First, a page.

The Ultimate Acoustic Pedalboard? (Part 2)

by on Jul.24, 2012, under Guitar, Last of the Troubadours, Music, Tutorials

In part 1 I discovered that the Boss LS-2 let me mix the real sound of my acoustic with some effects without destroying the tone of the guitar. Now lets put some effects pedals on the board…

The Pedals

Over the course of building the board, I selected the following pedals as having the best sound for acoustic guitar of those I tried.

Delay: T-Rex ReplicaT-Rex Replica

This pedal is one of the most musical sounding delay pedals I have ever used – it’s got plenty of that good “old-timey” tape feel, but without the mechanical breakdowns! Smooth, silky and without any of that harsh digital-ness typical of modern delay pedals, it just sits in the sound creating depth and space without competing for attention.

Perfect for acoustic guitar!

Chorus: Tech 21 RotoChoir

Tech 21 RotoChoirOK, I lied. This isn’t really a chorus at all but in fact simulates a Leslie speaker cabinet or a Fender Vibratone. There is not a bad setting on this pedal – it does deep underwater psychedelia to slow undulating sweeps to subtle chorus-like shimmer without sounding unnatural or siren-like.

Crunch: Xotic Effects AC Booster (Custom Shop model)

A simple distortion pedal that works well with acoustic guitar has proved the most difficult effect to find, in practice almost all the pedals I tried had far too much distortion and destroyed the tone of the acoustic.

This pedal is typically used by electric guitarists to provide a signal boost for lead sounds, it’s great for Hendrix type blues tones or just turning it up to eleven. When applied to an acoustic guitar however, it manages to retain the original sound of the guitar whilst providing that extra weight and “crunch” I was looking for. It’s damn expensive for a simple distortion pedal, but the only one I found that retains the acoustic’s character.

Xotic Effects AC Booster (Custom Shop)

Compression: MXR Dyna Comp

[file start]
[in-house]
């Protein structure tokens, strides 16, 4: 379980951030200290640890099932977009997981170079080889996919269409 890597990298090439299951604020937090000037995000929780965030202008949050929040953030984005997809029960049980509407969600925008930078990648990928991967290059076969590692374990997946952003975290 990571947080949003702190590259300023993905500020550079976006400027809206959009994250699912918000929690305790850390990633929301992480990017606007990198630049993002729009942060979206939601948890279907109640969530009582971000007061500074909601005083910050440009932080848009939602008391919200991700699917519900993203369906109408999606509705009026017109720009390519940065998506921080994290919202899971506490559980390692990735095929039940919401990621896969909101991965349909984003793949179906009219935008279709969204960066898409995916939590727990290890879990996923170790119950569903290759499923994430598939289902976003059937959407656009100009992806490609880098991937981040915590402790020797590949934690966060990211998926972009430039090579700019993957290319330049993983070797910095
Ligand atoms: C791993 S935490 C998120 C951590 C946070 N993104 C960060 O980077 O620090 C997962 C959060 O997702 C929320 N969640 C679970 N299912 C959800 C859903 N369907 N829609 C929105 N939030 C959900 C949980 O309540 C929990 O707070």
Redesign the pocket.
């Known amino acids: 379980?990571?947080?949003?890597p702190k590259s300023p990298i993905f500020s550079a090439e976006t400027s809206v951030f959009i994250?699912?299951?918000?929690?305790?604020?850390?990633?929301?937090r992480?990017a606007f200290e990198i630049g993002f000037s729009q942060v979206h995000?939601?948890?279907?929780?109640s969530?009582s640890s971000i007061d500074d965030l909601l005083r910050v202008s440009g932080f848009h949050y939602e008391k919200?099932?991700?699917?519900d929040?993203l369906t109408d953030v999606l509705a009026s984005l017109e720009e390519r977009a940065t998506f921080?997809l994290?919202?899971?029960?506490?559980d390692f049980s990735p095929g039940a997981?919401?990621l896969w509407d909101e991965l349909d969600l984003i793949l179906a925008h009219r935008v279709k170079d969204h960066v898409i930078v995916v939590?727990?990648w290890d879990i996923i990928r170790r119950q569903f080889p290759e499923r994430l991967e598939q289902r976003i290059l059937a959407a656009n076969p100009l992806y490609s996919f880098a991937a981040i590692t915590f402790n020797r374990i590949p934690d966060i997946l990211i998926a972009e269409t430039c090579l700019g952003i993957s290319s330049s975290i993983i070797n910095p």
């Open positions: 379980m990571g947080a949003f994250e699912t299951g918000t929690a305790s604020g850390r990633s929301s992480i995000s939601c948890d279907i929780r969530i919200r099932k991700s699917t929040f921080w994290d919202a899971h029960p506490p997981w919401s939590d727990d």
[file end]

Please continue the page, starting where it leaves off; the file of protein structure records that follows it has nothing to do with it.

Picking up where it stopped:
MXR Dyna CompTwo dials and an on/off switch. Not exactly the transparent compressor I was originally after, but this little pedal provides extra sustain without sucking the life out of the sound.

Tremolo/Vibrato: Marshal Vibratrem

Not a lot to say about this, basic rate, depth and wave shape controls. I only use the tremolo mode which sounds exactly as you would expect…with a low depth, it can add a bit of movement to the sound without colouring the tone.

Signal Path

A guitar effects chain would be typically connected in the following order (for an electric rig):

  1. Filters (EQ, Wah)
  2. Compression
  3. Distortion/Overdrive
  4. Modulation (Flange, Chorus etc…)
  5. Volume/Volume effects (e.g. Tremolo)
  6. Reverb/Delay
  7. Amp/Amp Model

For my purposes, however this doesn’t make sense. I need two separate chains – one for space and one for punch.

In the next post we’ll see how to make it all work together.

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The Ultimate Acoustic Pedalboard? (Part 1)

by on Jul.23, 2012, under Guitar, Music, Studio, Tutorials

Like many guitarists, I’ve acquired a few pedals over the years but when it comes to the acoustic, I’ve tended to steer clear from effects when playing live – typically, a little reverb and maybe some delay is about as far as I would venture.

Obviously this is because we don’t want to mess with the basic sound of what essentially is an acoustic instrument, right?

Well, I’ve recorded plenty of acoustic guitars and can tell you that in the studio I (and most other producers) use plenty of effects on acoustic guitars – it’s just that these are applied subtly and not in the “in your face” way typical of most guitar rigs. As we’re getting ready to take the Troubadours project ( into the wild, I’ve been keen to replicate our studio sound live so started looking at what I could do (short of dragging my Logic rig to every pub we play in).